South Africa

GROUNDUP

Black Sash report highlights need for Child Support Grant to be increased to combat hunger and destitution

Increasing the Child Support Grant to the food poverty line is one of the ways to mitigate the economic and nutritional impact of the Covid-19 pandemic on all people in South Africa, particularly children. (Photo: Gallo Images / Foto24 / Lucky Maibi)

Researchers say the grant should be raised R624 — the food poverty line.

The Child Support Grant (CSG) should be increased so that children have enough to eat, according to a recent research report commissioned by Black Sash. The report on children, social assistance and food security found that at current levels the grant is not enough.

The report was based on interviews with twelve households in the Western Cape that rely on the grant, and compiled by researchers Dr Chantell Witten of the University of the Free State, Dr Wanga Zembe of the Medical Research Council (MRC), and the Black Sash Research Team.

The CSG is the lowest of all the grants in South Africa. Following finance minister Enoch Godongwana’s budget speech on Wednesday, the grant was increased by 4%, from R460 to R480 per month.

According to the December 2021 release of the Consumer Price Index, inflation for food and non-alcoholic beverages was 5.5% year-on-year.

Over 12 million children benefit from the grant.

The grant must cover many basic needs for a child including food, shelter, clothing and education. However, the report found that the inadequate size of the grant is “wide-ranging and debilitating” for children, their caregivers and the households where they live.

The report recommends that the CSG be linked to an objective measure of need, such as the Food Poverty Line, which is currently at R624 per person.

The participants in the study were based in Langa, Mannenberg, Genadendal, Robertson, Moorreesburg, Masiphumelele, and Lavender Hill.

Household sizes ranged from two to 12 people, and the number of CSGs per household ranged from one to eight. None of the caregivers in the study were formally employed.

According to the report, caregivers and their households faced a constant threat of food running out.

Caregivers had to develop strategies to cope when their households risked running out of money or food before month-end. These included skipping one meal a day, or meal rationing, where all household members, including children, have smaller portions of food to eat at mealtimes.

Caregivers also resorted to buying small amounts of the more expensive food — items such as sugar, coffee, powdered milk, and washing powder — so that they only use these items when needed at a cost of about R2 to R3 per teaspoon.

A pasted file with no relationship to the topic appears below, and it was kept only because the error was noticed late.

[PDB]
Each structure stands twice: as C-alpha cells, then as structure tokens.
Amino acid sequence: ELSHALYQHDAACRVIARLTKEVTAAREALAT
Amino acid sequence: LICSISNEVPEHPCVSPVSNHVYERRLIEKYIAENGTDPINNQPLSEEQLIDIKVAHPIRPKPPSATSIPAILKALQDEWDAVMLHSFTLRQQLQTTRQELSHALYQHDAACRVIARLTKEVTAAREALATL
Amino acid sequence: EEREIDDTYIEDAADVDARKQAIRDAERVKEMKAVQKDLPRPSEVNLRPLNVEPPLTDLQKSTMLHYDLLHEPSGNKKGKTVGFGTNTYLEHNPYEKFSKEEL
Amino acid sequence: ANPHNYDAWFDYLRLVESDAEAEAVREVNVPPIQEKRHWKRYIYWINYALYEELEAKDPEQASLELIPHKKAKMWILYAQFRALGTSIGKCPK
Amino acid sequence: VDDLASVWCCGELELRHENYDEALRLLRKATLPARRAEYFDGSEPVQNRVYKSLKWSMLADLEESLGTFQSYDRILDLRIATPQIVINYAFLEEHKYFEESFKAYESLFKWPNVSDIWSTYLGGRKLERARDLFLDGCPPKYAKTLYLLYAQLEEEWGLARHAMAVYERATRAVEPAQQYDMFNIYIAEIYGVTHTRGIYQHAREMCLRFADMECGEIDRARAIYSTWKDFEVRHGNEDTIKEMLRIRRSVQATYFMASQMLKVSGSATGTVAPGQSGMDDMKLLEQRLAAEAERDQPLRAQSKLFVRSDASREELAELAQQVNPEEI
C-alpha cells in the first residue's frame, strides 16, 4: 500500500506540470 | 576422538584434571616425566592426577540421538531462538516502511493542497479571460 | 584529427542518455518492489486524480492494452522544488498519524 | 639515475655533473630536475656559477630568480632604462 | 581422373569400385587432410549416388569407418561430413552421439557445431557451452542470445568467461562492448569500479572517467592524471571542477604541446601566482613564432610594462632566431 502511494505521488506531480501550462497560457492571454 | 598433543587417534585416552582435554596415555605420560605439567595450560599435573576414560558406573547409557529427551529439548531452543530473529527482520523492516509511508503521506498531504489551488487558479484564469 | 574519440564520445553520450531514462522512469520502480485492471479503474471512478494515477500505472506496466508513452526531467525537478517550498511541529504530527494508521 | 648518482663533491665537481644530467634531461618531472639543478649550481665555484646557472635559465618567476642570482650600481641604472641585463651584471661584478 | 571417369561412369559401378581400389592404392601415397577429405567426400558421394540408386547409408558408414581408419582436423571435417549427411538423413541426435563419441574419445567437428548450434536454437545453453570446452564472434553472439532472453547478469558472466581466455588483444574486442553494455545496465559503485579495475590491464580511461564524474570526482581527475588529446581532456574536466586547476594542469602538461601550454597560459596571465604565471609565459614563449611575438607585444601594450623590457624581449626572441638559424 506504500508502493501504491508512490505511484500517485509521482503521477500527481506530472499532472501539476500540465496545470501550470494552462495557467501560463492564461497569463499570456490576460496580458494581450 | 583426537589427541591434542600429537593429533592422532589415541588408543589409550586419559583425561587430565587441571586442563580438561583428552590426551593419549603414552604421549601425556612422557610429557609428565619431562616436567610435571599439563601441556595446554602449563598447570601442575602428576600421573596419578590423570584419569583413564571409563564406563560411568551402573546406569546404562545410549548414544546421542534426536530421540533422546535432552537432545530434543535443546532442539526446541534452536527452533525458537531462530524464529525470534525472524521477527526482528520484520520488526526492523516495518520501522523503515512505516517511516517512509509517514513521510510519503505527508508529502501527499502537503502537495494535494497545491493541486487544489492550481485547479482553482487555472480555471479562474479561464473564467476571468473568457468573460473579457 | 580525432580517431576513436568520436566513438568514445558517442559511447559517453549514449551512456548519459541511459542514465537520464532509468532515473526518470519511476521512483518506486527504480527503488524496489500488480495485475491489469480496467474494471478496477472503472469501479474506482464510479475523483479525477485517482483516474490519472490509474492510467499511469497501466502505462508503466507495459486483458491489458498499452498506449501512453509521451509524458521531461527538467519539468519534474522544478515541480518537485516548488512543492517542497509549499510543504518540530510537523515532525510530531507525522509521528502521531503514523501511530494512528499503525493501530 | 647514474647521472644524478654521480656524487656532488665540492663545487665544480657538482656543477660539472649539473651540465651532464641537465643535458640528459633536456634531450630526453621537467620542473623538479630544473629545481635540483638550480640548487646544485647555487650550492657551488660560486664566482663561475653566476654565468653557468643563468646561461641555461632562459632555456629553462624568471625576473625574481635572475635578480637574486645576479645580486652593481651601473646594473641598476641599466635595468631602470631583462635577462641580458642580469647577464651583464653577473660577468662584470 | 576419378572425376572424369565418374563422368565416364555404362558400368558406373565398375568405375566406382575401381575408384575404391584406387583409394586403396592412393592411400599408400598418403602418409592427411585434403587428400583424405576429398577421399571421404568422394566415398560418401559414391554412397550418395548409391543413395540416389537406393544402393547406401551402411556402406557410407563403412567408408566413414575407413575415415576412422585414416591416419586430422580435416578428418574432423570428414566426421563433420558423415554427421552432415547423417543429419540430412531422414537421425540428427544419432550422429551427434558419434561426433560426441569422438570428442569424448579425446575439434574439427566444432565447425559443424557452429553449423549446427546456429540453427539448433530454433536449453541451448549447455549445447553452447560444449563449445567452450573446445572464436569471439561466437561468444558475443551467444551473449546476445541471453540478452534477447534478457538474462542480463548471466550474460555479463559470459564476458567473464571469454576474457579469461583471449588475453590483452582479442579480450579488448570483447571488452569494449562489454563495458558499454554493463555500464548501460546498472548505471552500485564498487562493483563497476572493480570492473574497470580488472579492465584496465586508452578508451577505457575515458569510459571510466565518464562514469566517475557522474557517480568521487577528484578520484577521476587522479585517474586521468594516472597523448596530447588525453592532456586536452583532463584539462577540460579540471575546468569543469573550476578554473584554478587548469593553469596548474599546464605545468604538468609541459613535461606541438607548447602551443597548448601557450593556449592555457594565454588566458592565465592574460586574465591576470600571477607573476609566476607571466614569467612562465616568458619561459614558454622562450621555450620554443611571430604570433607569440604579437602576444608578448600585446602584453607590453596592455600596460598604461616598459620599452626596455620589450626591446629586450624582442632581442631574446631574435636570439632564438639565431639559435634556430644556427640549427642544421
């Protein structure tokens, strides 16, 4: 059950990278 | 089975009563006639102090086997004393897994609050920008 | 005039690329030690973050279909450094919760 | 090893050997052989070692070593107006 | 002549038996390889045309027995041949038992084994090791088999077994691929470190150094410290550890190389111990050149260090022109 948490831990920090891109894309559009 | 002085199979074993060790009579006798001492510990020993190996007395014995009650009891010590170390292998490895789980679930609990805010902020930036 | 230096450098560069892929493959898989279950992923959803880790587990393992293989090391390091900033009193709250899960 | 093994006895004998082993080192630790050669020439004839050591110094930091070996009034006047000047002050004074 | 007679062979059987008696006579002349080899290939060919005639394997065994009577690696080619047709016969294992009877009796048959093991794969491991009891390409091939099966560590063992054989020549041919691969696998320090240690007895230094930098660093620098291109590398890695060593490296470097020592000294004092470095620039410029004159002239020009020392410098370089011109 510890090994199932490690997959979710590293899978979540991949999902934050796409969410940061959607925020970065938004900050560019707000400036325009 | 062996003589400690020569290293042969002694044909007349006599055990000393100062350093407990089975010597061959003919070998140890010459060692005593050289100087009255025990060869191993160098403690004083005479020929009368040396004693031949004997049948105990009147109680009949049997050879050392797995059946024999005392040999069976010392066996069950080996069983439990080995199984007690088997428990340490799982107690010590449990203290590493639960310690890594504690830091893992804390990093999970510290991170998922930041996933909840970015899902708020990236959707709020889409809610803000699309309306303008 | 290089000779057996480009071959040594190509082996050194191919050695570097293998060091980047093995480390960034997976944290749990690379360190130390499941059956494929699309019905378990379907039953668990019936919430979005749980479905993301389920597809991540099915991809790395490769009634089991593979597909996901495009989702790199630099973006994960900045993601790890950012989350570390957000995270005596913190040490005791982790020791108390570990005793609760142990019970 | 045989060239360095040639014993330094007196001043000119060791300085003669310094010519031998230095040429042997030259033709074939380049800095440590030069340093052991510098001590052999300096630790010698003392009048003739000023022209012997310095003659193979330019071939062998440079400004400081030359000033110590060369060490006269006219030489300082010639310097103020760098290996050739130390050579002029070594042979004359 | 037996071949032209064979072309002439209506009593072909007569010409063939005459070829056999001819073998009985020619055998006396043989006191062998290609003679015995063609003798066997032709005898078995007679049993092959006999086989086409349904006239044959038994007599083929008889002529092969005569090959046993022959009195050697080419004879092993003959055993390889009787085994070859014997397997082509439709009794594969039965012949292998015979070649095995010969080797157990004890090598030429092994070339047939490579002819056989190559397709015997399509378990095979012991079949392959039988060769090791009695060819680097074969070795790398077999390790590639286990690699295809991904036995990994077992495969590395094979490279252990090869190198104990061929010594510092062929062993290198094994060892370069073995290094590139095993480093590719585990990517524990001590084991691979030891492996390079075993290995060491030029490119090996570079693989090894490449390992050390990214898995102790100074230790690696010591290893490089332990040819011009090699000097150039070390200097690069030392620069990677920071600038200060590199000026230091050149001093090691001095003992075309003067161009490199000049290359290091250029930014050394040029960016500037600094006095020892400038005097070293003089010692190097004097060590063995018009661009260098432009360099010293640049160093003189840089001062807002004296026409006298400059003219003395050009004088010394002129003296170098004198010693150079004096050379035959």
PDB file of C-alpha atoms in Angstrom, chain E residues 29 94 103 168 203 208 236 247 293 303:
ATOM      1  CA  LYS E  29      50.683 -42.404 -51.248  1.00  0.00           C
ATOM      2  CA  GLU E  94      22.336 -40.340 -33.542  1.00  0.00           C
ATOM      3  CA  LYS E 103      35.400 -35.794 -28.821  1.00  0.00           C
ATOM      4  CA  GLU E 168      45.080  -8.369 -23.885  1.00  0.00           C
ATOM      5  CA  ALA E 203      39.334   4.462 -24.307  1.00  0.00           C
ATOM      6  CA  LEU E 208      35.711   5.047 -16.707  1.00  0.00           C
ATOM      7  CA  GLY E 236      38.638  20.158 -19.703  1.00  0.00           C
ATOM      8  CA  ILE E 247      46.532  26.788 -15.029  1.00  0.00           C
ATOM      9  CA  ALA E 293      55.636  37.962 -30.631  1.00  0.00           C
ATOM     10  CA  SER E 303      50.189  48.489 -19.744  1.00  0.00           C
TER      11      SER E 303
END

Foods like fresh meat, tinned fish, eggs, milk or yoghurt were seen as a luxury.

During a virtual launch of the report on Thursday, Dr Zembe said that in households where children were of school-going age, most of the grant went towards the costs of attending school.

This led caregivers to make constant trade-offs between food and other essential needs, such as educational costs, electricity and rent.

Zembe said they had found households where the entire grocery budget for the month was R327, mostly where only one grant was being received, and there was no other source of income.

“So, we can think that R327 is not going to afford food that is of good dietary quality. Amongst all the households, hunger was the norm,” she said.

One of the participants, an unemployed mother from Langa, had no other source of income except the grant she received for her four-year-old child. Zembe said that the mother was facing a lot of anxiety about how her child would transition to primary school. The mother said she had been unable to enrol the child at a crèche, since none of the Early Childhood Development centres in Langa cost less than R200 per month. A decision to send her to the crèche would mean that they would be left with R260, said Zembe.

Caregivers were often forced to buy food on credit, or borrow money from relatives to supplement their groceries, according to the report.

Black Sash Paralegal Fieldworker Abigail Peters said caregivers expressed the difficulty and shame that came with needing to borrow money multiple times from friends, family and neighbours.

“The caregivers, when they are borrowing, are asking family, neighbours and friends, but these are already struggling networks. These networks also need to sacrifice to assist the caregivers and this is why the caregivers often feel a sense of shame and embarrassment because they know that the person they are asking money from is also struggling,” said Peters.

Witten said the mothers know that their children need more and better food. However, all that is affordable are “cheap, nutrient-limited, starchy, energy-dense foods” offered on sales, like maize meal and rice.

“These are the food survival packs of the poor with limited fresh fruit and vegetables.”

Witten said they are calling for more access to a basic food basket for children, pro-poor macro policies that ensure that poor people can access better food, and stronger regulatory frameworks that ensure better food options. DM

First published by GroundUp.

 

 

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